September 2006

Current Status of "automatic" FDL content projection:

Rich has provided some test sets.
For current content see Entry Points


When it's good enough this method will supplant those used to produce the Standard Projections.
Those older methods require too much effort by too few, making them unsuitable for larger scale and more timely projection of content.

There are two sets of Event Systems data used for this experiment one being the the latest stable version (taken from the FDL markb-s) and the other being more up-to-date but still under development, including a formalization of van Renesse and Schneider's Chain Replication Protocol.

Many postings omits proofs, just showing theorem statements instead, presumably justified by reference to the lemmas indicated on the page. (All these links were provided by the Web Projector by Rich Eaton.)
More proofs will be projected, as inference step trees or dags, as in the little testbed Agatha puzzle.

The conversion of the projector process into an automatic system with minimal human intervention is nearly realized.

The projector code needs to be improved to allow multiple projector processes to cooperate on a single projection (for faster projection using mulitple machines).

Notable Features

Suggestions for improvement as of September 2006

Here are a number of suggestions submitted via Email; the bold faced ones near the top are considered high-priority and pending.
  1. On the page for a nuprl theorem statement, we should have links to the defs and primitives that are mentioned in the statement.
    For example, it would be good to link to the defs of ES and E since they appear in the theorem statement.
    Further, the defs for ops that occur in the statement should be obviously distinguished, perhaps grouping them together, since it's tedious to follow the meaning of the expressions when they're embedded in an excess of other ops, such as here.

    Also, what is currently listed as defs should be renamed to "other defs mentioned in the proof".
  2. Include statements of relevant well-formedness thms on definition pages.
  3. On a definition page show the full underlying structure of the lhs, as though it were displayed with special display forms.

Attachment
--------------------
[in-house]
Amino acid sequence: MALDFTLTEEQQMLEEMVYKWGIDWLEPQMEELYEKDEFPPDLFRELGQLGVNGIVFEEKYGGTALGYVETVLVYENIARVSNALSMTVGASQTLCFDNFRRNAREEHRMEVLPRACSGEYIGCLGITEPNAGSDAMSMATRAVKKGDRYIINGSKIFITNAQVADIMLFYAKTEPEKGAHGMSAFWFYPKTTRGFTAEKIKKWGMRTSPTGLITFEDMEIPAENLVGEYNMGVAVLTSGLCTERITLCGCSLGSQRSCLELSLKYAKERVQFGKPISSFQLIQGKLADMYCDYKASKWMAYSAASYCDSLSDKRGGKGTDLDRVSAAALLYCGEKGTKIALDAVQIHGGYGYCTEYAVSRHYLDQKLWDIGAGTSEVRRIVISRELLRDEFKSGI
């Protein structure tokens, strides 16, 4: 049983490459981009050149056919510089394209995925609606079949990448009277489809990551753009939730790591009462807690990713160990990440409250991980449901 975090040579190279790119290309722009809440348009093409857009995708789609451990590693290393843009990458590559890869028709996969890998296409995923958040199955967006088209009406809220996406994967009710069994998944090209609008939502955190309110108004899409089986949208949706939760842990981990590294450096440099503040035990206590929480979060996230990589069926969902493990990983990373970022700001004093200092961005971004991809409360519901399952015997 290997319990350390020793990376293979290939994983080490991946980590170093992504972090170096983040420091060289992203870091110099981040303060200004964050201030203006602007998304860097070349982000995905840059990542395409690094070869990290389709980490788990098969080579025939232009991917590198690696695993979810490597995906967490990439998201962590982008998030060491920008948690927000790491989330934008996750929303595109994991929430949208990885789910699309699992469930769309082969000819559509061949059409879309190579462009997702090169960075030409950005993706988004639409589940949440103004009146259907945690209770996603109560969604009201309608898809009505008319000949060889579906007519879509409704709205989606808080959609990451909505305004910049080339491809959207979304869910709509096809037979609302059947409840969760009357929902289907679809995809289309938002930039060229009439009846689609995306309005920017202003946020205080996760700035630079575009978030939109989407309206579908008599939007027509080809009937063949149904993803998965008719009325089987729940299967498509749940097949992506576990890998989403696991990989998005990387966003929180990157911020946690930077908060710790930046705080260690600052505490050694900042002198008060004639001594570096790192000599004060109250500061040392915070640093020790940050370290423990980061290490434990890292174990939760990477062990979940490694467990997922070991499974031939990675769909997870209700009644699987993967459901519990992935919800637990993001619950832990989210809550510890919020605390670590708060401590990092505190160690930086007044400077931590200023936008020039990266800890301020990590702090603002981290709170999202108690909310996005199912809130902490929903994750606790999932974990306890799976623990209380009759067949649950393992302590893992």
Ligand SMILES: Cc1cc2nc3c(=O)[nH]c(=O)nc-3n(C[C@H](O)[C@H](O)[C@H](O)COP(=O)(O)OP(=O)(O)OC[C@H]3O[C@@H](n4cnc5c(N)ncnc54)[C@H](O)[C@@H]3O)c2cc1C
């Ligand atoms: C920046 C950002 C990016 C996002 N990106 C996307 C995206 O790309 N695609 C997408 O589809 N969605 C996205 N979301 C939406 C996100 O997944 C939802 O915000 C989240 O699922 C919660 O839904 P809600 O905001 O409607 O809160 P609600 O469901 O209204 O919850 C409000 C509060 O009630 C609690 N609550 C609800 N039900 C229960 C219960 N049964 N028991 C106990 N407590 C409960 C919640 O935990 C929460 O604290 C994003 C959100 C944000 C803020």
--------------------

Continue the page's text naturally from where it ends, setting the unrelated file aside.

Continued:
4. Link pages with declarations of primitives to online documentation. (Most already exists under Nuprl Basics.)
  5. Wherever one links to definitions used in some way, such as mentioned in a theorem, also link to primitives used in that way.
  6. We should have one page that has links to the standard logical operators (member, equal,and, cand, or, implies, rev_implies, iff, all, exists, prop, universe)
    Then in lists of definitions mentioned in the proof, we should filter out any of the logical operators and replace them with one link to the "logic page". (example)
  7. Notation for large iterated dependent product formulas should be improved. (example)
  8. If practical, make the default display forms not break if the display will fit on a line. An example of unattractive breaking is the lhs of the clarification.
  9. Add some kind of shopping-for-latex functionality to web pages to make it easier for an author to collect needed latex code. (Mark has some ideas about this, and Rich has implemented similar functions elsewhere.)
  10. In a directory listing that points to another directory, attach to the pointer an indication of the number of non-directory objects that are below it (recursively).
  11. Some keywords, or better, short glosses or content descriptions, should be attached to FDL objects that get web projected with their content suitable for Google searching for our content pages.
  12. In order to help people know what to search (Google) for to find FDL pages of some kind, include on each page a list of keywords (say at the bottom) that would help find a similar page.

Earlier suggestions for improvement that have been incorporated in to the latest projections:

  1. Include links to relevant well-formedness thms on definition pages.
  2. Provide some kind of context link for each object (heuristic), so the reader can find "nearby" objects. Perhaps links to the nearest directories.